Mindanao Times

`Eh, ano ngayon?’


TODAY marks the 141th birthday of the late President Manuel L. Quezon, considered as the “Ama ng Wikang Pambansa.”

In the past, the country, particular­ly the schools, would celebrate August 13-19 as “Linggo ng Wika.” It was in 997 when then President Fidel Ramos issued Proclamati­on 1041 which makes the entire month a commemorat­ion of “Buwan ng Wika.”

In schools today, toddlers and other students in other levels, garbed in “barongs” and “saya” and other clothes that would depict their being “Filipinos,” are made to participat­e in programs as part of recognizin­g the National Language.

But beyond the four corners of the classrooms and aside from the academicia­ns, are there meaningful undertakin­gs that show how the people love their supposed National Language? Considerin­g that the country is not only archipelag­ic but that communitie­s have their own supposed “mother tongue,” what is supposedly learned in school to unite the country has become a big tool also that divides it.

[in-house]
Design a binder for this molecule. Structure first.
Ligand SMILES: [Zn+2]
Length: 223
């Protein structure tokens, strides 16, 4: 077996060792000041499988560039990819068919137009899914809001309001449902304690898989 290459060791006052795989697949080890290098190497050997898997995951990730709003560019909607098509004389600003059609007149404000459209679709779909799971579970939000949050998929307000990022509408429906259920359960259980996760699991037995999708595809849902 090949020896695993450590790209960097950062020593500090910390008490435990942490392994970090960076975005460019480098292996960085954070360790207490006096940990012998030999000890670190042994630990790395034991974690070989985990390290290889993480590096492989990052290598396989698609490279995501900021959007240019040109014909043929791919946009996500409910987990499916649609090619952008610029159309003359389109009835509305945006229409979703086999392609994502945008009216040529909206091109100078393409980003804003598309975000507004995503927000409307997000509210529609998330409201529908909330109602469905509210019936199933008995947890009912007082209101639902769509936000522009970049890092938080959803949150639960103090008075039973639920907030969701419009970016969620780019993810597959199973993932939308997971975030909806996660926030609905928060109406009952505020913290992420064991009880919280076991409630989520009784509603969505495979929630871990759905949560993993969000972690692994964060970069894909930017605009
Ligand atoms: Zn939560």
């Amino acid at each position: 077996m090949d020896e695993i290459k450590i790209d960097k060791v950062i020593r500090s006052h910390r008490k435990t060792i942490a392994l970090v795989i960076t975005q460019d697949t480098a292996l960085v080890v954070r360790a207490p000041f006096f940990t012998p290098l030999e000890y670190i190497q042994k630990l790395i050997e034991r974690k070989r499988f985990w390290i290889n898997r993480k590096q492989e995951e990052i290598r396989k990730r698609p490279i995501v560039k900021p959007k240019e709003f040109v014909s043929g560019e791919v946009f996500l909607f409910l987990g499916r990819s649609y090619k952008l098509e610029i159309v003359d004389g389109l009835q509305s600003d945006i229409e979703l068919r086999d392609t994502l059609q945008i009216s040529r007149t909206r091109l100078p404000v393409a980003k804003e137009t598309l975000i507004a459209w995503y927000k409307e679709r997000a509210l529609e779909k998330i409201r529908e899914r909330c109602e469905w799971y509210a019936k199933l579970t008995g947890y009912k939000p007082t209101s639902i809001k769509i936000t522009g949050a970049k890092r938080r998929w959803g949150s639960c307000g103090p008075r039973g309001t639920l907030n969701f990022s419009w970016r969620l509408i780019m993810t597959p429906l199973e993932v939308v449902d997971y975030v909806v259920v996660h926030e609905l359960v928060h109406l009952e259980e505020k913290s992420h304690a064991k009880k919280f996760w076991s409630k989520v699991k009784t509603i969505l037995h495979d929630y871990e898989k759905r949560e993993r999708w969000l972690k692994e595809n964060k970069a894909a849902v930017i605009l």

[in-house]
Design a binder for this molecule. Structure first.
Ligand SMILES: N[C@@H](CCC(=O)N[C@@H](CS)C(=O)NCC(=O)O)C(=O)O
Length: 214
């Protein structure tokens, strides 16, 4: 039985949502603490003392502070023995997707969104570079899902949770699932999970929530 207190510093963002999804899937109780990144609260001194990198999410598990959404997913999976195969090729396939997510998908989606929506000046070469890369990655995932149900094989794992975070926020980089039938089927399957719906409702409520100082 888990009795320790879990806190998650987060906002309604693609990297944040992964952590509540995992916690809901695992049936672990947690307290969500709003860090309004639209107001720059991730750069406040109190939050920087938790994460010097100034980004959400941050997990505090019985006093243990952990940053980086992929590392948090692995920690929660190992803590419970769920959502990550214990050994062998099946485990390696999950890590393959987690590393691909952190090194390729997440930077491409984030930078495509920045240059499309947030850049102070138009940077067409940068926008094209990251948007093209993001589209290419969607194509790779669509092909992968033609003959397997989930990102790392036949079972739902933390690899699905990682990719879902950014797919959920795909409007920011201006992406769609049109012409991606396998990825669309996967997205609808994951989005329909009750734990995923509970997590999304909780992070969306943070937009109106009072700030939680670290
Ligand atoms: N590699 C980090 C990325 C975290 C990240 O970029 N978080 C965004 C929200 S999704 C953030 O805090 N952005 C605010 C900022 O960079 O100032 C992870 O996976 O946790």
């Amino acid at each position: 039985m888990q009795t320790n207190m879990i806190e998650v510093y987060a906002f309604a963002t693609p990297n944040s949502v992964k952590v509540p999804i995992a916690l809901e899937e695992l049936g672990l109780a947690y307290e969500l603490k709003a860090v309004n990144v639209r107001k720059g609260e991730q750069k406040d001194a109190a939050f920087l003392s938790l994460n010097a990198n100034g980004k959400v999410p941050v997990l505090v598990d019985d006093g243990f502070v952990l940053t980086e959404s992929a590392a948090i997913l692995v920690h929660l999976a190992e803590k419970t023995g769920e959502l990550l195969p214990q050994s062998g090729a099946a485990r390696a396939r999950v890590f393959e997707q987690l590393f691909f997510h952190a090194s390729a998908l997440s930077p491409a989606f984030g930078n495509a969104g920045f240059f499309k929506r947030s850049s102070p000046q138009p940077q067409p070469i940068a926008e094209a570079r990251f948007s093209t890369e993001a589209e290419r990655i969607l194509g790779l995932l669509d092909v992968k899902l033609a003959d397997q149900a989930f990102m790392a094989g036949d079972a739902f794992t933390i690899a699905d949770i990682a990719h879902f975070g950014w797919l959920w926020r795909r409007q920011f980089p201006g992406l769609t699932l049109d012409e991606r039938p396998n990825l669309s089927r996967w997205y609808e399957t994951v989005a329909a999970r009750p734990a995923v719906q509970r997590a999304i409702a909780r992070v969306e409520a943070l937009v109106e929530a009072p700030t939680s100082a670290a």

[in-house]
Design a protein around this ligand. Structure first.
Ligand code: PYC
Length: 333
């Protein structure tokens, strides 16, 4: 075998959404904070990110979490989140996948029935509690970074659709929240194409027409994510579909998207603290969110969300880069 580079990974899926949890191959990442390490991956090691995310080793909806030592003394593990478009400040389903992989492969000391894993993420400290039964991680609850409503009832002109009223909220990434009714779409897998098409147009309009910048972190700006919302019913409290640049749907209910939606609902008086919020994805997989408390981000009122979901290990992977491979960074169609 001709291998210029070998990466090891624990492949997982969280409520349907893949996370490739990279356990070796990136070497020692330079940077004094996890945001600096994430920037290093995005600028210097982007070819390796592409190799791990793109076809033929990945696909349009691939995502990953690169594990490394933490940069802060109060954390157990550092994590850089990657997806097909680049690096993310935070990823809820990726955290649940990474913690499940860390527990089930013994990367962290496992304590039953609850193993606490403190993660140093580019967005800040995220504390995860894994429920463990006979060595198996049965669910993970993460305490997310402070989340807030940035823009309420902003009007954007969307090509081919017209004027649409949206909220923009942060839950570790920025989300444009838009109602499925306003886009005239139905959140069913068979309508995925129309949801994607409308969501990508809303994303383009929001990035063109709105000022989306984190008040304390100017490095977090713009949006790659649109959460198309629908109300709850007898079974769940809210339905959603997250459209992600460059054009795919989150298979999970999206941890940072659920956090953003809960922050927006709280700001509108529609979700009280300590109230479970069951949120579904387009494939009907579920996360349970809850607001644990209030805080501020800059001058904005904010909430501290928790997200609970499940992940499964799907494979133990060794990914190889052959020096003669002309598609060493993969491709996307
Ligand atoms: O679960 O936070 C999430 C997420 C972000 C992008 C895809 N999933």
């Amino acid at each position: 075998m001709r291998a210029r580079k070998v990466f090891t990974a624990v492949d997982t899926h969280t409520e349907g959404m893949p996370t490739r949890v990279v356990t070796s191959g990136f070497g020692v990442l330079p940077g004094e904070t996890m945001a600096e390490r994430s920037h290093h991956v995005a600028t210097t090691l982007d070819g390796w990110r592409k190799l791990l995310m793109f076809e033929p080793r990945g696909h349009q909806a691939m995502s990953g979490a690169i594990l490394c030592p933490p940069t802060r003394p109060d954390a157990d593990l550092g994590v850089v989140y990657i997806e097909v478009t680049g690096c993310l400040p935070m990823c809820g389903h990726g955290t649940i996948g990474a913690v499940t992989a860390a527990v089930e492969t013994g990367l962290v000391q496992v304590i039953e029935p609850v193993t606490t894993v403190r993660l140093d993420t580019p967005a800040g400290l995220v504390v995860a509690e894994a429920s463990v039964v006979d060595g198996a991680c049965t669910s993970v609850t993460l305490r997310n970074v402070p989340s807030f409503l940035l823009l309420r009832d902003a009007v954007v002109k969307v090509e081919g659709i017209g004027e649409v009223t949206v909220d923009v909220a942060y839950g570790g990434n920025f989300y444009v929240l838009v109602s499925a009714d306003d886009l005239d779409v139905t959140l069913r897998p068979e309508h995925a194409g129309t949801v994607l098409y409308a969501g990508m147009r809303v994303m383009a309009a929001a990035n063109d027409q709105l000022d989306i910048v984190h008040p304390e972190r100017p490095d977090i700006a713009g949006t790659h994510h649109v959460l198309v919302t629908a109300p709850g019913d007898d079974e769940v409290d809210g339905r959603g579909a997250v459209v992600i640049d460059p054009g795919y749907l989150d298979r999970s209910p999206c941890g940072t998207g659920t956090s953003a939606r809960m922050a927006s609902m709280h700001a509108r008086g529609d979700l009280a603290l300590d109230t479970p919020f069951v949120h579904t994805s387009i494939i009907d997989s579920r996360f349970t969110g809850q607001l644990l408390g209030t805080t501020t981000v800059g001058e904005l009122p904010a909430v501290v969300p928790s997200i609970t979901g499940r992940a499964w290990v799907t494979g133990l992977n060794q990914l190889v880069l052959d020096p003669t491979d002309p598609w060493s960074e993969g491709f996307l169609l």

In the Visayas and Mindanao, for example, majority of the people speak Bisaya, not Pilipino, while most people in Luzon speak according to their regions as only those in the National Capital Region speak Pilipino, a language which people equate to Tagalog.

There is also a misplaced notion, dependent on who harbors what, that either those who speak Pilipino are superior than those who do not, or vice versa.

Indeed, in a country characteri­zed by diversity, a common language is far from bringing unity among its people. So what now?

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